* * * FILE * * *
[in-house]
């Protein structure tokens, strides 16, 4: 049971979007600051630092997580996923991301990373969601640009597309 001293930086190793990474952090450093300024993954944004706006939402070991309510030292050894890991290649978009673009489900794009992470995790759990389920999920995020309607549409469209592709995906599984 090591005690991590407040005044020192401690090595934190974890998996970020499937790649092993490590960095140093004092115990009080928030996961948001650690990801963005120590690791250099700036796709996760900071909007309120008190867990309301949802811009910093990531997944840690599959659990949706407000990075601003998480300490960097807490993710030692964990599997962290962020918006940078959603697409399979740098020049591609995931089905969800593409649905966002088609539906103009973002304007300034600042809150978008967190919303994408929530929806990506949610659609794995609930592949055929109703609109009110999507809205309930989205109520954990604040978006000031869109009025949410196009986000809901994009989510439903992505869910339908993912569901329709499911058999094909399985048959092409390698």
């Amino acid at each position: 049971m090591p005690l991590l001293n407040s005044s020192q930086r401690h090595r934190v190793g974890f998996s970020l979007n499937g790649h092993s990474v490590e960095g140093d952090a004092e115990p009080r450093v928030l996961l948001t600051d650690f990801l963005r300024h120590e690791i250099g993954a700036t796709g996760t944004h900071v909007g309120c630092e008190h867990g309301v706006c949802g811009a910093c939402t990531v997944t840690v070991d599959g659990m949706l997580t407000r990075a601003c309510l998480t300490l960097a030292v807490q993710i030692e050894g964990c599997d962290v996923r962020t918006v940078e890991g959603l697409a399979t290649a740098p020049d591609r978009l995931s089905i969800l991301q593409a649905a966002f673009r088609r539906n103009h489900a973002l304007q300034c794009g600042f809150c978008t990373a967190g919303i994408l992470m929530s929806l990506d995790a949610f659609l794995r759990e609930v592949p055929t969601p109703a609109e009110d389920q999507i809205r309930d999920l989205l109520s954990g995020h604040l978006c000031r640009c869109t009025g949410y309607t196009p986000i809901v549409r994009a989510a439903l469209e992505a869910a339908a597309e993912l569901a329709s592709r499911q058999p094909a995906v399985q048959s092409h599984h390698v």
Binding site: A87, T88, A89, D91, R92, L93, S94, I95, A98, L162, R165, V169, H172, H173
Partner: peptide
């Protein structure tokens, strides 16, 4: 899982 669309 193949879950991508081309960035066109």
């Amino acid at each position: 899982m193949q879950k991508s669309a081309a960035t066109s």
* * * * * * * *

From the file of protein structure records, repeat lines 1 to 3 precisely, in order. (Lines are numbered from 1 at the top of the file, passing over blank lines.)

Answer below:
[in-house]
């Protein structure tokens, strides 16, 4: 049971979007600051630092997580996923991301990373969601640009597309 001293930086190793990474952090450093300024993954944004706006939402070991309510030292050894890991290649978009673009489900794009992470995790759990389920999920995020309607549409469209592709995906599984 090591005690991590407040005044020192401690090595934190974890998996970020499937790649092993490590960095140093004092115990009080928030996961948001650690990801963005120590690791250099700036796709996760900071909007309120008190867990309301949802811009910093990531997944840690599959659990949706407000990075601003998480300490960097807490993710030692964990599997962290962020918006940078959603697409399979740098020049591609995931089905969800593409649905966002088609539906103009973002304007300034600042809150978008967190919303994408929530929806990506949610659609794995609930592949055929109703609109009110999507809205309930989205109520954990604040978006000031869109009025949410196009986000809901994009989510439903992505869910339908993912569901329709499911058999094909399985048959092409390698």
């Amino acid at each position: 049971m090591p005690l991590l001293n407040s005044s020192q930086r401690h090595r934190v190793g974890f998996s970020l979007n499937g790649h092993s990474v490590e960095g140093d952090a004092e115990p009080r450093v928030l996961l948001t600051d650690f990801l963005r300024h120590e690791i250099g993954a700036t796709g996760t944004h900071v909007g309120c630092e008190h867990g309301v706006c949802g811009a910093c939402t990531v997944t840690v070991d599959g659990m949706l997580t407000r990075a601003c309510l998480t300490l960097a030292v807490q993710i030692e050894g964990c599997d962290v996923r962020t918006v940078e890991g959603l697409a399979t290649a740098p020049d591609r978009l995931s089905i969800l991301q593409a649905a966002f673009r088609r539906n103009h489900a973002l304007q300034c794009g600042f809150c978008t990373a967190g919303i994408l992470m929530s929806l990506d995790a949610f659609l794995r759990e609930v592949p055929t969601p109703a609109e009110d389920q999507i809205r309930d999920l989205l109520s954990g995020h604040l978006c000031r640009c869109t009025g949410y309607t196009p986000i809901v549409r994009a989510a439903l469209e992505a869910a339908a597309e993912l569901a329709s592709r499911q058999p094909a995906v399985q048959s092409h599984h390698v």